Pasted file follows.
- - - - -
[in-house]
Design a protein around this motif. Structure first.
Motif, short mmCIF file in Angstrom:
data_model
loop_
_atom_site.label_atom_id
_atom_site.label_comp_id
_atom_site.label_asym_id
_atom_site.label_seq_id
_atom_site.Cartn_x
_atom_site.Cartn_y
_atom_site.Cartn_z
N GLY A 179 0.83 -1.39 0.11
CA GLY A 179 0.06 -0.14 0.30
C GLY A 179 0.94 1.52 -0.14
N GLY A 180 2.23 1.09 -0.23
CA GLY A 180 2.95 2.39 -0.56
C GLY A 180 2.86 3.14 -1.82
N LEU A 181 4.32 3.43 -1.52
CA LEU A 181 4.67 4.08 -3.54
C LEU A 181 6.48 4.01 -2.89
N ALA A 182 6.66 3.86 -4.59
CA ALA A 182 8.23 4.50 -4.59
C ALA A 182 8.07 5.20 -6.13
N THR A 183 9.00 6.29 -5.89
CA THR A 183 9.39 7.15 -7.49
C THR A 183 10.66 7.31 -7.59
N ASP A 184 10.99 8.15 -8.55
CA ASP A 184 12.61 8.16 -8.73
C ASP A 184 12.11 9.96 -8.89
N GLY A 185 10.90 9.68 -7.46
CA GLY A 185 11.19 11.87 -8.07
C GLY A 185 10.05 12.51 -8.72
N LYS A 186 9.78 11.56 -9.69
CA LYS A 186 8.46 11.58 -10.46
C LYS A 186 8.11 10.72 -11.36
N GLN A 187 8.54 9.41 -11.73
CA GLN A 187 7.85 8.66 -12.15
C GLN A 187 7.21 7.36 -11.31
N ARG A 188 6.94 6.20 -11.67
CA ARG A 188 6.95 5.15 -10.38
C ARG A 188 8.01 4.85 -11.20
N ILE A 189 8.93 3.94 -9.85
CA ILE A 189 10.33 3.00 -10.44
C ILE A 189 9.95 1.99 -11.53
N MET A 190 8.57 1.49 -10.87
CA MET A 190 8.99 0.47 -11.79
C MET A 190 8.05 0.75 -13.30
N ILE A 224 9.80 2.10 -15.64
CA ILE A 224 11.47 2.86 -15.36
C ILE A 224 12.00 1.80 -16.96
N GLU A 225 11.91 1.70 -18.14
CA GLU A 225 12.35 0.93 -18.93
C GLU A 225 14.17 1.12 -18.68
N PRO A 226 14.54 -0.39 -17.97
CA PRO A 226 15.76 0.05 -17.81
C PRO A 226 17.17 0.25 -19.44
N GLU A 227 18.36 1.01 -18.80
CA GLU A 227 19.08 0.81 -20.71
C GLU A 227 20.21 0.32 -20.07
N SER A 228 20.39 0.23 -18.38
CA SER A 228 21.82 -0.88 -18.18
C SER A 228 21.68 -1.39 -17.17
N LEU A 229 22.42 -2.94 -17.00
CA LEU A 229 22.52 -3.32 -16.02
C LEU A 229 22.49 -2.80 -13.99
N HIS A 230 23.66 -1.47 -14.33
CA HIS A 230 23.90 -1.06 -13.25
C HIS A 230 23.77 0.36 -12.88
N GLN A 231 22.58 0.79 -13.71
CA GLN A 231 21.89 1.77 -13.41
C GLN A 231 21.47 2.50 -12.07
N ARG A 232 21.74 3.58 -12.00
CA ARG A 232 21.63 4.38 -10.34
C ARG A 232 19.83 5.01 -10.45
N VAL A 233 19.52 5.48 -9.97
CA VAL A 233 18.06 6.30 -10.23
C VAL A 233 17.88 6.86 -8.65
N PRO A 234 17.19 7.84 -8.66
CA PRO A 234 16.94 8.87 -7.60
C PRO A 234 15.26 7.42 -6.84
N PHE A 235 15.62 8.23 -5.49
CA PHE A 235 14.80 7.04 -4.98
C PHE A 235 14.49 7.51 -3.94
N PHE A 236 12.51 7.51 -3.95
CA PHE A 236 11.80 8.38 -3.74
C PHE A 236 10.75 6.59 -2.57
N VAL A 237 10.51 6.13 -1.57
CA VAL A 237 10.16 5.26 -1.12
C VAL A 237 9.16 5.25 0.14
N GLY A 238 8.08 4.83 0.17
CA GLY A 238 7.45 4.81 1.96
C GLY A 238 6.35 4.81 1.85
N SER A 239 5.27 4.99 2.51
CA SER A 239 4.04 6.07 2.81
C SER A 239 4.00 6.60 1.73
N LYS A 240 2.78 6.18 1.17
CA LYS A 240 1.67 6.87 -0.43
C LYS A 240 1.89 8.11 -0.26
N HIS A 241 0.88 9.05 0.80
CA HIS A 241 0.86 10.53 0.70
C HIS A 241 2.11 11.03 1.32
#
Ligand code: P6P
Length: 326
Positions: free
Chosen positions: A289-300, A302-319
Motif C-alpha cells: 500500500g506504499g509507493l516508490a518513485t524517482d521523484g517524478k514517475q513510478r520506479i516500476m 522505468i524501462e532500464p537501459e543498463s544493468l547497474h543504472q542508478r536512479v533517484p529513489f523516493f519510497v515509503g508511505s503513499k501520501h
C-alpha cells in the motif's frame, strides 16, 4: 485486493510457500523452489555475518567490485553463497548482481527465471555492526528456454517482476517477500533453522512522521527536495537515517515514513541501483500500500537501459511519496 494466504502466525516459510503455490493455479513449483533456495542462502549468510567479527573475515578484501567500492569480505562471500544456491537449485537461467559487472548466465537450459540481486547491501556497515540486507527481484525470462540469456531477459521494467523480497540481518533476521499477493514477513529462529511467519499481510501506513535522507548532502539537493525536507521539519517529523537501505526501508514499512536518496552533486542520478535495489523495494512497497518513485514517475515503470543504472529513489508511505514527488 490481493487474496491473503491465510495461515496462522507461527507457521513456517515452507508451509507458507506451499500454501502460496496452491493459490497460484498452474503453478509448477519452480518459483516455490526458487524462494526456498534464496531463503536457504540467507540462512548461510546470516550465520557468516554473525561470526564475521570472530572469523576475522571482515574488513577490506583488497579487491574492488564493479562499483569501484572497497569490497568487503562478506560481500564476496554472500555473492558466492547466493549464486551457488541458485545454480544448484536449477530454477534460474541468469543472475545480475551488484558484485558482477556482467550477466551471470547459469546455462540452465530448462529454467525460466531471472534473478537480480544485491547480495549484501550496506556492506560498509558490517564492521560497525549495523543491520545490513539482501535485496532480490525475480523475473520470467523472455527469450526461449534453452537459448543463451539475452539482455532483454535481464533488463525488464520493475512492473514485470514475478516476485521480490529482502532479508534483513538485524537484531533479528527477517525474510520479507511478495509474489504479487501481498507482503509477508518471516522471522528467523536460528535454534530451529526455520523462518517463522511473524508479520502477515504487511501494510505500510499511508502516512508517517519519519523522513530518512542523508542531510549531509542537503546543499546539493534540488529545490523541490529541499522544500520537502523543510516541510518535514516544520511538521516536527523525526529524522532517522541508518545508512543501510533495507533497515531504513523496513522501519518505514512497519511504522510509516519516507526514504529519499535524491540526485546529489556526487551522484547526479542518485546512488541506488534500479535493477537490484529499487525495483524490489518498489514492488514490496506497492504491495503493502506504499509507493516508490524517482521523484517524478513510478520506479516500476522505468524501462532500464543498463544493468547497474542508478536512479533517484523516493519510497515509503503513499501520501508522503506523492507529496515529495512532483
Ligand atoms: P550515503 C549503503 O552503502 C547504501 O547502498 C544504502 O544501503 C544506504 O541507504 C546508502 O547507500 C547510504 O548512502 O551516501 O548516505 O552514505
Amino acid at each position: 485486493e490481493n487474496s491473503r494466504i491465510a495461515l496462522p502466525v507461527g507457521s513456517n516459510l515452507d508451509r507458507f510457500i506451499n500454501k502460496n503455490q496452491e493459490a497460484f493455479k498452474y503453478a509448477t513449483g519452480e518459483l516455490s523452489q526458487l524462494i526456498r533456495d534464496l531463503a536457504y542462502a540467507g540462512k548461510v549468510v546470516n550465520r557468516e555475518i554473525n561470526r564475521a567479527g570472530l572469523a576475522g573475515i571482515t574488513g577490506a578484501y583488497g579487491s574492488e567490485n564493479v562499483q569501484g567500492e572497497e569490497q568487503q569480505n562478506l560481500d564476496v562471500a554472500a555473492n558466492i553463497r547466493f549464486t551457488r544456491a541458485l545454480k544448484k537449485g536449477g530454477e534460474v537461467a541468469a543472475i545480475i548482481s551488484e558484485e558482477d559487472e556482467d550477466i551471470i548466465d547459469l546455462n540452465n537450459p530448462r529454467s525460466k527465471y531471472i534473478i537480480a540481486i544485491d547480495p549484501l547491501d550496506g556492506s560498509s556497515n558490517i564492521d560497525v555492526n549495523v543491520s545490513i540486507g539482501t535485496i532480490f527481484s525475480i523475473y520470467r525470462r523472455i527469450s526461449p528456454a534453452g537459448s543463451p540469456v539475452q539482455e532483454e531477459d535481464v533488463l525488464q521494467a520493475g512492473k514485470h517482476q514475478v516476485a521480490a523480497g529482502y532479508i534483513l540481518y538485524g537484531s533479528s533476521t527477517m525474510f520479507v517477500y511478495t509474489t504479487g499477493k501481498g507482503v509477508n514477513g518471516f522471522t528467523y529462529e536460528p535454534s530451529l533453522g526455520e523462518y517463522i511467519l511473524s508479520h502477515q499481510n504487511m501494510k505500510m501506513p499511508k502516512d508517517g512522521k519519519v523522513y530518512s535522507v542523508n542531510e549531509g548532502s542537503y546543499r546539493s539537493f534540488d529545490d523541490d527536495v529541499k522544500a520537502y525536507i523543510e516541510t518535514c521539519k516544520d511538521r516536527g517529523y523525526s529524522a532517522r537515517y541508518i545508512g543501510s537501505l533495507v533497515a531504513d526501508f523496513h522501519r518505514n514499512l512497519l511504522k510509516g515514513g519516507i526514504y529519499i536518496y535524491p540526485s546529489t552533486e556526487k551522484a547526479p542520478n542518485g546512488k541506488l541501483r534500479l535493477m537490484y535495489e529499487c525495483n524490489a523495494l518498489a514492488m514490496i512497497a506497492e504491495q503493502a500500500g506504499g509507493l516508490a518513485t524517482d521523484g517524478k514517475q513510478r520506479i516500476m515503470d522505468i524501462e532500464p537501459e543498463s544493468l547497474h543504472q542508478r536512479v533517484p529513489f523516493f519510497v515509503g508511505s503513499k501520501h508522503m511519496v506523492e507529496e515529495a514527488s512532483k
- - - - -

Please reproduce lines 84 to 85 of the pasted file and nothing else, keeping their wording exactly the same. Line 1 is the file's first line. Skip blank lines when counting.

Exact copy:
C PHE A 235 14.49 7.51 -3.94
N PHE A 236 12.51 7.51 -3.95